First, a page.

How To: Find The File System Type

Today’s article will be an article that is fairly simple and easy enough for almost anyone, as we discuss how to find the file system type. We’ll discuss a few ways to find this information and we’ll be doing so in the terminal. If that’s something you’re interested in learning, this just might be the article for you!

Before you installed Linux, you formatted the disks. You chose (or didn’t bother choosing) which file system you wanted to go with. There are numerous options, each with its own set of features. Among the choices are file systems like ext4, Btrfs, ZFS, and more!

Here’s a giant list of file system types.

You use file systems on every bit of storage media, even if it’s done behind the scene and not something you manually interact with. If you’re using a thumb drive, it’s formatted with a file system type. This is true even with an SD card, external hard drive, solid-state drive, and all the rest. It’s required for storing and organizing data.

Well, rather than make this a longer article, we can just cut to the chase…

Find The File System Type:

As I mentioned in the intro, we’re going to be using the terminal to find the file system type. So, you’ll need an open terminal. Usually, you can just press CTRL + ALT + T to open the default terminal.

With your terminal open, you can try the following command:

The output of that would look similar to this:

If you look, you’ll see one of the columns is helpfully labeled ‘type’ and that’s the file system type. If you just care about the first two columns, you could run something like this:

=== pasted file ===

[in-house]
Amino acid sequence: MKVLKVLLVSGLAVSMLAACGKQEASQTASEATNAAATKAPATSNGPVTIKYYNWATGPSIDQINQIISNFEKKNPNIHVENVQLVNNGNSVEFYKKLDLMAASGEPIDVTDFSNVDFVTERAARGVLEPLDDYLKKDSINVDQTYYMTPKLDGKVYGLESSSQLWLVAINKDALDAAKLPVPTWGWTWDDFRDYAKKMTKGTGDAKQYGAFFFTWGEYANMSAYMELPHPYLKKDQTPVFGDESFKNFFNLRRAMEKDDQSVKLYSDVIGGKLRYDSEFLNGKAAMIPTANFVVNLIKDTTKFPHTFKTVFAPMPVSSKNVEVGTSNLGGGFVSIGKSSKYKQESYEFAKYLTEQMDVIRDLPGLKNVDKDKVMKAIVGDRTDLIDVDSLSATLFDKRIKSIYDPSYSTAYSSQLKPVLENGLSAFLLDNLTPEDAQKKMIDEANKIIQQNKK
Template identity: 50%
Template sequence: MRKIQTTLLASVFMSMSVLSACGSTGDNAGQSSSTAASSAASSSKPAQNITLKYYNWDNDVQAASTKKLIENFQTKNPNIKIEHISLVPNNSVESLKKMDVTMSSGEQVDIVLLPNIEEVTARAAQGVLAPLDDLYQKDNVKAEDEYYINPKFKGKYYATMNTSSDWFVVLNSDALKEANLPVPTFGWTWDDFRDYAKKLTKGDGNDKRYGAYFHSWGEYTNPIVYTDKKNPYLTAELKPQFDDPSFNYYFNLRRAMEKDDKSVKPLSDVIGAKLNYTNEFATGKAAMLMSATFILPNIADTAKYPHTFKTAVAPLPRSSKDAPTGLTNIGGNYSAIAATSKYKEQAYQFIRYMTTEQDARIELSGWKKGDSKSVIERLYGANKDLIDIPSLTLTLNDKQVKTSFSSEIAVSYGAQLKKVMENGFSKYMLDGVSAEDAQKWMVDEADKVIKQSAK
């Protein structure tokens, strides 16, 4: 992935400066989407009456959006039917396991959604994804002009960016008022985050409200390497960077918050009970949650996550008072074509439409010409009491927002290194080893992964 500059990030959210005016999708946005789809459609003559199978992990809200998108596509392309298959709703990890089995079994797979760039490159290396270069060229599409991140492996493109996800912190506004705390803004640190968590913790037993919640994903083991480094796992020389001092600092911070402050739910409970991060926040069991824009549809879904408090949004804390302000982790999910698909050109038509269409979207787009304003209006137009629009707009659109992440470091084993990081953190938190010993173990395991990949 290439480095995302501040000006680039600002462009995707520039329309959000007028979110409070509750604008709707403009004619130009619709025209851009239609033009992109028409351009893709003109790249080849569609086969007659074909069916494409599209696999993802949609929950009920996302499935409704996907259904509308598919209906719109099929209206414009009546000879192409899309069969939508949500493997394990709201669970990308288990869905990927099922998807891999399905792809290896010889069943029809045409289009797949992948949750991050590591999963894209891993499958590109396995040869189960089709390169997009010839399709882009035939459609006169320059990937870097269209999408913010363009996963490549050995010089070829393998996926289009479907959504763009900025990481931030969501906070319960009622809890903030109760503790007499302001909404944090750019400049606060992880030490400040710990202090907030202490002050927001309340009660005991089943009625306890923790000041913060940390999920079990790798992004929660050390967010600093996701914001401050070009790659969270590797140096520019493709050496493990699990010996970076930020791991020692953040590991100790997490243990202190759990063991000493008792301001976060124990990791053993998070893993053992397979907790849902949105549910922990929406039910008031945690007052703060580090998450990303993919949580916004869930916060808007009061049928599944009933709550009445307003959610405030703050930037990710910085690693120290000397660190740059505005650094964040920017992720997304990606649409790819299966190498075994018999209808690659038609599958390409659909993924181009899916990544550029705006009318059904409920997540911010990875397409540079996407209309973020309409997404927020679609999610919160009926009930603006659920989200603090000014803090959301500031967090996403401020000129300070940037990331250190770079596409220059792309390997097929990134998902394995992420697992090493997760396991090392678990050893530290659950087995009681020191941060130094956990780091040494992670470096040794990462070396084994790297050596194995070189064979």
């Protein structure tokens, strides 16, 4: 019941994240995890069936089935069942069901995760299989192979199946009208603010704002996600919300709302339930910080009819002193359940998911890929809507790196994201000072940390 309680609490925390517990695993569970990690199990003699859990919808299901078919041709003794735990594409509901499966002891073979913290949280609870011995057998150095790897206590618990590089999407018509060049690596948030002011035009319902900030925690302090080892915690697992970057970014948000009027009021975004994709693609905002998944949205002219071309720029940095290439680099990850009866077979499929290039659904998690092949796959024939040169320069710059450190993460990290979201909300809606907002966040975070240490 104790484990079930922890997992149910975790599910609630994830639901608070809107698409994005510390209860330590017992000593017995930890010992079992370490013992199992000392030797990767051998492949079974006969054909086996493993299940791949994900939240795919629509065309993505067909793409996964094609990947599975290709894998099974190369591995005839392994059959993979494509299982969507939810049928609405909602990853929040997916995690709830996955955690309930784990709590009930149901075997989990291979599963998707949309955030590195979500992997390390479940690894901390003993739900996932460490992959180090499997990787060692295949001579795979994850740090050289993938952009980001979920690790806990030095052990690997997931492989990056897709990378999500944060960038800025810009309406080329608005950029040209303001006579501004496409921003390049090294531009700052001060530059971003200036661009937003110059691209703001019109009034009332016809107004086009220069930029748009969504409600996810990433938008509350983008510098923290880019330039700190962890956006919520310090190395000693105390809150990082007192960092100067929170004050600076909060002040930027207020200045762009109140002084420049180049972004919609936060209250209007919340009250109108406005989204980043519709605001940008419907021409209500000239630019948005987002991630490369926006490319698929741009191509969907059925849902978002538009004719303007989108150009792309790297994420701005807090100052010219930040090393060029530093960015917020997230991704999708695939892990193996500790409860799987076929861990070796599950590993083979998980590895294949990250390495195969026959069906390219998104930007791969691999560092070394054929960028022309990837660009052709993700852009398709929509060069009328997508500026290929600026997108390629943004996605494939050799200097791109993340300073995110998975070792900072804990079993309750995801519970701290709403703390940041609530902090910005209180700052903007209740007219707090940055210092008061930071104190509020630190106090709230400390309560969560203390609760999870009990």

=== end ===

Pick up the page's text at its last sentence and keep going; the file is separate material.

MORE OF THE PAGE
You can also use the ‘lsblk’ command to find the file system type. This might be the command most folks are more familiar with and the command you’d want to run would be this:

The output of the command would look similar to this:

Again, the second column is helpfully labeled as “FSTYPE” which stands for ‘file system type’ – which is exactly the information we’re after and exactly the information mentioned in the article’s headline.

See? Pretty neat! You can easily find the system type with just a couple of commands. There are other ways, but these are a couple of quick and easy ways. If you don’t know the file system type, perhaps because you’re new and didn’t pay much attention during OS installation, you can now do so.


Well, it’s another article. It’s probably not the most interesting of articles, but not all articles are going to be that interesting. Today we cover file system types and how to find them, who knows what the next article will be? One thing you can be reasonably certain of is that there will be another article in just a couple of days. If this one didn’t interest you much, the next one might be right up your alley!

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